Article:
Tag Archive | "Childrens Museum of the East End"

East End Weekend: Highlights of July 18 to 20

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"Calabrone" by Ramiro. Courtesy Grenning Gallery.

“Calabrone” by Ramiro. Courtesy Grenning Gallery.

By Tessa Raebeck

Summer is in full swing and there’s plenty to choose from to do on the East End this weekend. Here are some highlights:

 

The Grenning Gallery in Sag Harbor is hosting an opening reception for Ramiro’s Solo Show on Saturday, July 19, from 6 to 8 p.m.

“Ramiro solo show this year steps forward into a more mystical and hopeful realm,” owner Laura Grenning wrote in a press release.

“Anchoring the exhibit is a suite of four substantial figurative works, with each painting representing a season of the soul.  Although well known for his expert likenesses in portraiture and grand figurative work, Ramiro’s distinguishing characteristic is, ironically, his ability to let go of the discreet reality of the eyes when necessary.  With this, he infuses his narrative compositions with mystery that allows the paintings to endure the critical test of time,” added Ms. Grenning.

The Grenning Gallery is located at 17 Washington Street in Sag Harbor. For more information, call (631) 725-8469.

 

Water Mill’s  Parrish Art Museum is hosting its second edition of Gesture Jam, an adult figure drawing class in which artists sketch live models in a high-energy environment, Friday, July 18 at 6 p.m.

Facilitated by local artist and educator Andrea Cote, this year’s Gesture Jam will be held outdoors on the museum’s terrace and include live musicians Nicolas Letman-Burtanovic on bass and Sean Sonderegger on saxaphone. Local dancers Adam and Gail Baranello are the models.

“Imagine going home with drawings that look like you’ve been to some sort of psychedelic cabaret, and feeling that way too. Andrea Cote’s Gesture Jam classes have just that effect,” Parrish Curator of Special Projects Andrea Grover said in a press release.

The Parrish Art Museum is located at 279 Montauk Highway in Water Mill. For more information, call (631) 283-2118.

 

Celebrities are coming to Bridgehampton for CMEE’s 6th Annual Family Fair on Saturday, July 19 from 10:30 a.m. to 1:30 p.m. The Children’s Museum of the East End‘s largest fundraiser, this year the fair will have a magical theme.

George Stephanopoulos, Dan Abrams, Jane Krakowski, Joy Behar, Julie Bowen, Molly Sims and Tiffani Thiessen (of Saved by the Bell fame) are some of the CMEE supporters expected to be in attendance.

Children and their families can enjoy magical arts and crafts, water slides, games and entertainment, music, food, and CMEE’s brand new nine-hole miniature golf course.

CMEE is located at 376 Bridgehampton-Sag Harbor Turnpike on the Bridgehampton side. For more information, call (631) 537-8250.

 

A painting by Georges Desarmes. Courtesy Christ Episcopal Church.

A painting by Georges Desarmes. Courtesy Christ Episcopal Church.

Christ Episcopal Church in Sag Harbor is hosting its fourth Haitian Art & Handcraft Sale all weekend, July 18 to 20, to benefit the village of Chermaître in partnership with the Vassar Haiti Project.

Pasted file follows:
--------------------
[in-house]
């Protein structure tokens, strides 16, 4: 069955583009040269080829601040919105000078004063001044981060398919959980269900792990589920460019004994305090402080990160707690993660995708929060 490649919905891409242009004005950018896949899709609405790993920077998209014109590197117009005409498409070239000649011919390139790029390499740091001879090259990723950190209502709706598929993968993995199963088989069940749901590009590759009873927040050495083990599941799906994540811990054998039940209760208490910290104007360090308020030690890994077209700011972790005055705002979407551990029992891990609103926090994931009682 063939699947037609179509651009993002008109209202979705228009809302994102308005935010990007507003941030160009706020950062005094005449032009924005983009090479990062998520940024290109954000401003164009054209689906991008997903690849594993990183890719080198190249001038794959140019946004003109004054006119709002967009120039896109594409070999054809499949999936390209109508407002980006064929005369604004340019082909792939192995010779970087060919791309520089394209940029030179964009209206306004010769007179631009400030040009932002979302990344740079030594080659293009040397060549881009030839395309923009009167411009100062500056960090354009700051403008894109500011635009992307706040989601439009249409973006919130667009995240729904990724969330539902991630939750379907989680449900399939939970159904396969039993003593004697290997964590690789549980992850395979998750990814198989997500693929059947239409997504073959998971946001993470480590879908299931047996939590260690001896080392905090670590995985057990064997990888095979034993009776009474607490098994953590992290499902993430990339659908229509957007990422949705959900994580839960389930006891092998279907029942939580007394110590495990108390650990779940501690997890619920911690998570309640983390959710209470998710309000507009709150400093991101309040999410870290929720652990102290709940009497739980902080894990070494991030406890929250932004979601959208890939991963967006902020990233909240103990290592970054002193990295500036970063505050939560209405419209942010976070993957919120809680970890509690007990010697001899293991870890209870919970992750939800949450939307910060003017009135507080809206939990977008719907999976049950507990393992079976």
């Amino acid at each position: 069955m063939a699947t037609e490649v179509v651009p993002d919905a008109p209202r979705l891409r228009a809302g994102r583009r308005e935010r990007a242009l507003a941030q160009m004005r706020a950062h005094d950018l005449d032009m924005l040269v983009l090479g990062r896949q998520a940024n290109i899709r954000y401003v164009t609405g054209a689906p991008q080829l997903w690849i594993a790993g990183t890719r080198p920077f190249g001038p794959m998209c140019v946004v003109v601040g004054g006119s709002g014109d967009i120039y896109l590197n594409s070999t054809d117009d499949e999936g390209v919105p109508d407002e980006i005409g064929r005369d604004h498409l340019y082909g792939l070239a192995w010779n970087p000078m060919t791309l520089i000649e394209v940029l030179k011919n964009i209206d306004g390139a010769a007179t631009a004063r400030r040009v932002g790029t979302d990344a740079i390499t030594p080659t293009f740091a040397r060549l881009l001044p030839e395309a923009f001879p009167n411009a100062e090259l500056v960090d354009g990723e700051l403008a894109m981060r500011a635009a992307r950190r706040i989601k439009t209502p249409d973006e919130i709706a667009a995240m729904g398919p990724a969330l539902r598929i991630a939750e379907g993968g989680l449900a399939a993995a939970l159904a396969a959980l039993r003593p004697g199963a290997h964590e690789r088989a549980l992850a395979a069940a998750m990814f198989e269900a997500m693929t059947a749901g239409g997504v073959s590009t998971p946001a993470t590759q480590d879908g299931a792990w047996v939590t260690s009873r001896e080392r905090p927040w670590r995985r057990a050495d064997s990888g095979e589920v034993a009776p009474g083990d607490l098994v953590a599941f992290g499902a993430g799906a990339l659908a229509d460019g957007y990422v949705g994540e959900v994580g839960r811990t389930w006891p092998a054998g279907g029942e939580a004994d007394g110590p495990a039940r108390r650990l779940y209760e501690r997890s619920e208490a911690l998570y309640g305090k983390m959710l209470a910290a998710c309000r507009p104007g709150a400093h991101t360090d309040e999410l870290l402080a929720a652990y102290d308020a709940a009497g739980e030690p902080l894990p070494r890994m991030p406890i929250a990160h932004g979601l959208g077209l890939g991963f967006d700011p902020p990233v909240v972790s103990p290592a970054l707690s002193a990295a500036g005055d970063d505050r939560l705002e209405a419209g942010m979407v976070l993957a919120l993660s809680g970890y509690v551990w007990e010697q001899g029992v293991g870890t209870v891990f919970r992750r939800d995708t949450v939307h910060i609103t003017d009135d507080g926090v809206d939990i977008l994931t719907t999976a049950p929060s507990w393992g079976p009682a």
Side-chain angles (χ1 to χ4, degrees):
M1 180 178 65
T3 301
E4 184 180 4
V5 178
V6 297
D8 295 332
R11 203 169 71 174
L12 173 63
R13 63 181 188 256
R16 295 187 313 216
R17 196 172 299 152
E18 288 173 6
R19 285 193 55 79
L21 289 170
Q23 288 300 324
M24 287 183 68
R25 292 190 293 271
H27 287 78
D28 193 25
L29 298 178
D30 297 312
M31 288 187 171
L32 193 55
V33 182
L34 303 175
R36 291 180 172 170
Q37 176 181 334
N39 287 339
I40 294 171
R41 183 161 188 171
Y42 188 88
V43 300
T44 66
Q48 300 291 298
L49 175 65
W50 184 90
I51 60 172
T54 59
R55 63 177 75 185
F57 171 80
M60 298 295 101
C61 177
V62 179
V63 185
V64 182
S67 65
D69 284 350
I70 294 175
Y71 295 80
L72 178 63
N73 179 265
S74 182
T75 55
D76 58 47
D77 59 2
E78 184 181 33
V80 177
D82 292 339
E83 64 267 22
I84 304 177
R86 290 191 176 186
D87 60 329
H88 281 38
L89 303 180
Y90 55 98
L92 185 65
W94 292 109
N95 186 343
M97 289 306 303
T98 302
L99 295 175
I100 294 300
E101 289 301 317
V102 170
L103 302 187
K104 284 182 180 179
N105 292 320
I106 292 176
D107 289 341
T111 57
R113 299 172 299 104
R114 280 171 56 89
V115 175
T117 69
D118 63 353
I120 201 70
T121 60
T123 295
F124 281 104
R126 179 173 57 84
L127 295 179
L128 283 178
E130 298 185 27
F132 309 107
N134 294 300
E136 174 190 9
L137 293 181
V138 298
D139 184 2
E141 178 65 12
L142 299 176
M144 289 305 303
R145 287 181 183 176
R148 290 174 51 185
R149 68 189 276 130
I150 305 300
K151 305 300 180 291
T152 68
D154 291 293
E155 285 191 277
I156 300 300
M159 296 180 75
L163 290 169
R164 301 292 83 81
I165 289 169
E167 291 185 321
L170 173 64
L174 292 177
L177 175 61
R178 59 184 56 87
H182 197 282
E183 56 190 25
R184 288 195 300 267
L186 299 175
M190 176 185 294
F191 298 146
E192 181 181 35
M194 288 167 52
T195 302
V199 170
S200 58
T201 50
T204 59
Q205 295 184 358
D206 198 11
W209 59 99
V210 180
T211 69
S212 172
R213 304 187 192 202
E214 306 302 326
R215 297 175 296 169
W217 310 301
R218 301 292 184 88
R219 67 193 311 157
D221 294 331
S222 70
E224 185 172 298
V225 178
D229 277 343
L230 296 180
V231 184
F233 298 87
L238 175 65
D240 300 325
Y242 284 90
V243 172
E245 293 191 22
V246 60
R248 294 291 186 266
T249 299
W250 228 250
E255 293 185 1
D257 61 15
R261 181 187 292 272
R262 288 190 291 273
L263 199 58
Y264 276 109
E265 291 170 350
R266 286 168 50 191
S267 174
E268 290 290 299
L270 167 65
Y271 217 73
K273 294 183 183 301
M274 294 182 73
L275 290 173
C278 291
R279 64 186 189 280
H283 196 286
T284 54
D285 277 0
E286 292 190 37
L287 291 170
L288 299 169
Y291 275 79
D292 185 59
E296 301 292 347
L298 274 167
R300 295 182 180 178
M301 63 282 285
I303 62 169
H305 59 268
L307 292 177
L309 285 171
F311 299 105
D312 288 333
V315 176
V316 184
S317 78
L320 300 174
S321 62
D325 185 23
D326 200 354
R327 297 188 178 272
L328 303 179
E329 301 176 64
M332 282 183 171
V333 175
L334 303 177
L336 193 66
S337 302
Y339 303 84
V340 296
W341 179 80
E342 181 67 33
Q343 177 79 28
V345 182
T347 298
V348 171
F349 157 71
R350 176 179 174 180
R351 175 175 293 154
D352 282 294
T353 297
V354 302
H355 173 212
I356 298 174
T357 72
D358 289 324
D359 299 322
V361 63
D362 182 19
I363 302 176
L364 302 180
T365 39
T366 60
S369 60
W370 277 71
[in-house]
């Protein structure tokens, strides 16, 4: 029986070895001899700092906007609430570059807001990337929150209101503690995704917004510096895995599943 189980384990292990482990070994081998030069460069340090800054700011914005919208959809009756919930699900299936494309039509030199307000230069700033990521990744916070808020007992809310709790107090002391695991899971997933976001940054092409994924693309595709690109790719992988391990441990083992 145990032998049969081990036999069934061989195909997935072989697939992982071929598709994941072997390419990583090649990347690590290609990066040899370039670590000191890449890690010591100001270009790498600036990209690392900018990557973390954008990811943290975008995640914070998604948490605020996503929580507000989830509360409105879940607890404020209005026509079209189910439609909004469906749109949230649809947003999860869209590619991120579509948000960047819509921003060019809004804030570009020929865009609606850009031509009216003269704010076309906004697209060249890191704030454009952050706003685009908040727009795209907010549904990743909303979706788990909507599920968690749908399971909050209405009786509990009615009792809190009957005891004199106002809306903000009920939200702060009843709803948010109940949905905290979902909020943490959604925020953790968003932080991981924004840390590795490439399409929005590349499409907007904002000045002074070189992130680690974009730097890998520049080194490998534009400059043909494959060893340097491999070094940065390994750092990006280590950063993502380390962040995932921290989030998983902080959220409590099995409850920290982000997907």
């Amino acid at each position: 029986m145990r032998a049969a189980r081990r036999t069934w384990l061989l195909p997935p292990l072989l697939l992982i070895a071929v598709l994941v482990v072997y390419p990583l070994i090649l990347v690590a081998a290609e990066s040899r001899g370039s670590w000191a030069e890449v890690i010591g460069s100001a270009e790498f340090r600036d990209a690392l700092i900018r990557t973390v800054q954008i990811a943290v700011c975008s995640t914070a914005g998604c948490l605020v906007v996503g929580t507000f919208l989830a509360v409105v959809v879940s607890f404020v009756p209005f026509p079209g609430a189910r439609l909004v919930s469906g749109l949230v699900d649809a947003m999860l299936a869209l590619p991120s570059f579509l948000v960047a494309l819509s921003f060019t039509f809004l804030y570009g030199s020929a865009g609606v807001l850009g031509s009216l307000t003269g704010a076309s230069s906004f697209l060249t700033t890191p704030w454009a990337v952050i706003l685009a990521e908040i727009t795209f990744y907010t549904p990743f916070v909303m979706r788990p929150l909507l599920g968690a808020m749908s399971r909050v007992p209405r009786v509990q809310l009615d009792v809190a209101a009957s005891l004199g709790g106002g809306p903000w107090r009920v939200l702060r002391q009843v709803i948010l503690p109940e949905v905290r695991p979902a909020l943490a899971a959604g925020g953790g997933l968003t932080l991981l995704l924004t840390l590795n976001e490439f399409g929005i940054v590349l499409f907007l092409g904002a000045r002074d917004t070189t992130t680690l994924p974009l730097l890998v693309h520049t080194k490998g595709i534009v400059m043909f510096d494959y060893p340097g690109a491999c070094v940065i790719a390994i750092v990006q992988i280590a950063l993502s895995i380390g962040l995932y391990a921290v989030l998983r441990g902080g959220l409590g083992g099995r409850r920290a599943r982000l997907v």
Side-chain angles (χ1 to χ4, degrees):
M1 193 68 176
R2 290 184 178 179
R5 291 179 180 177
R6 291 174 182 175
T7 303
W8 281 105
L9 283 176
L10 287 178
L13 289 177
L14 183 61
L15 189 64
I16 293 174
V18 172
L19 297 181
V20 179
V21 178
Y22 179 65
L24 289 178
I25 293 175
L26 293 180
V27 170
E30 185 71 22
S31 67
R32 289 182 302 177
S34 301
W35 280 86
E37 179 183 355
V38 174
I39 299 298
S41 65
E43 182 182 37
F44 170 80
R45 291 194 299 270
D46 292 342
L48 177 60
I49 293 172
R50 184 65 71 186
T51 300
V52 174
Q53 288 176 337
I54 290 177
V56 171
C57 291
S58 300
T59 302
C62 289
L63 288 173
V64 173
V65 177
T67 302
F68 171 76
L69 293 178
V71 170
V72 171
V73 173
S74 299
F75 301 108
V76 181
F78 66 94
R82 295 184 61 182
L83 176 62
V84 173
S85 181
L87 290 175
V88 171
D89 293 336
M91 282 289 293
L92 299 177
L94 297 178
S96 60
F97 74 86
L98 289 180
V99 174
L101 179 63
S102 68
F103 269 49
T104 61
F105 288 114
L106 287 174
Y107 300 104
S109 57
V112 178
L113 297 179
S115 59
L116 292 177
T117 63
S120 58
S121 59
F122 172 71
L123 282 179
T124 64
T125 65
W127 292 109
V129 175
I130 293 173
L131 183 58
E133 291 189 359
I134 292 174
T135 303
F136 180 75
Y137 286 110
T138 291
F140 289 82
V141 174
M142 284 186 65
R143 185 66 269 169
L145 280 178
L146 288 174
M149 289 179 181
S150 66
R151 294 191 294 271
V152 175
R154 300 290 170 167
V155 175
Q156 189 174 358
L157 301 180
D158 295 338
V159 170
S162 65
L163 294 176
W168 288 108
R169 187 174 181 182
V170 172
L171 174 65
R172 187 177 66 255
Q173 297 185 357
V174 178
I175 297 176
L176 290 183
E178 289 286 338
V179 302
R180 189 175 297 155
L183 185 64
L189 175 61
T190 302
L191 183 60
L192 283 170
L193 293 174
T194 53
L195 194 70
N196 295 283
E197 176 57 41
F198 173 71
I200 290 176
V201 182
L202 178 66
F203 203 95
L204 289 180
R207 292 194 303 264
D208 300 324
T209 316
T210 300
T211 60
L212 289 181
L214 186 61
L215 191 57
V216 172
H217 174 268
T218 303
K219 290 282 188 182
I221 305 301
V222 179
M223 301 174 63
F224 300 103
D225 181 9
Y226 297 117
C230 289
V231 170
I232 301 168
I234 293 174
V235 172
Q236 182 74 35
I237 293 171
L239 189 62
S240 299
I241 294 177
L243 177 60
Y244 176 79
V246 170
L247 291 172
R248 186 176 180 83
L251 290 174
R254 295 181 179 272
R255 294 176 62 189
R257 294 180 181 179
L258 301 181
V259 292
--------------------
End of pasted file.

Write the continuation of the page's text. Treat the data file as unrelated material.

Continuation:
An opening reception will be held from 5 to 8 p.m. Friday and the sale will continue in the Upper Parish Hall on Saturday from 9 a.m. to 4 p.m. and Sunday from 9 a.m. to 2 p.m.

Two hundred original paintings and a large assortment of unique and affordable gifts, including silk scarves, jewely and iron sculpture, will be on sale.

Many women in the village, Chermaître in northwestern Haiti, are struggling to start small businesses to support their families by selling the crafts they create and the coffee they grow. Proceeds from the church sale will go toward building a community center in the village to support those women.

For more information on the charity, call (970) 946-7614 or visit haitiproject.org. The Christ Episcopal Church is located at the corner of East Union and Hampton Street (Route 114) in Sag Harbor. For more information, call the church at (631) 725-0128.

 

The gallery at Sag Harbor’s Canio Books is hosting artists Ron Focarino and Jeanelle Myers, with her latest assemblage series, Plains Reverie, with an opening reception Friday, July 18 from 5 to 7 p.m.

“Myers work reflects the influence of her Nebraska roots, echoing the work of Wright Morris and Joseph Cornell,” the gallery said in a press release. “Myers incorporates a diverse array of found objects including old letters, metals, writing implements, fabric and many other materials into her compelling assemblages.”

"Golden Scarab" enamel sculpture by Ron Focarino. Courtesy Canio's Books.

“Golden Scarab” enamel sculpture by Ron Focarino. Courtesy Canio’s Books.

Artist Ron Focarino will also be exhibiting, showing his “creature creations, delightful enamel sculptures of insects, including a dragonfly, crane fly, scarab and others,” according to Canio’s.

The exhibit runs July 11 through August 5 at Canio’s Books, 290 Main Street in Sag Harbor. For more information, call (631) 725-4926.

The Romany Kramoris Gallery in Sag Harbor presents the artwork of Anna De Mauro and Thomas Condon, with an opening reception Saturday, July 19 from 4:30 to 6 p.m.

Sculptor and painter Anna De Mauro is a figurative artist working from the live model.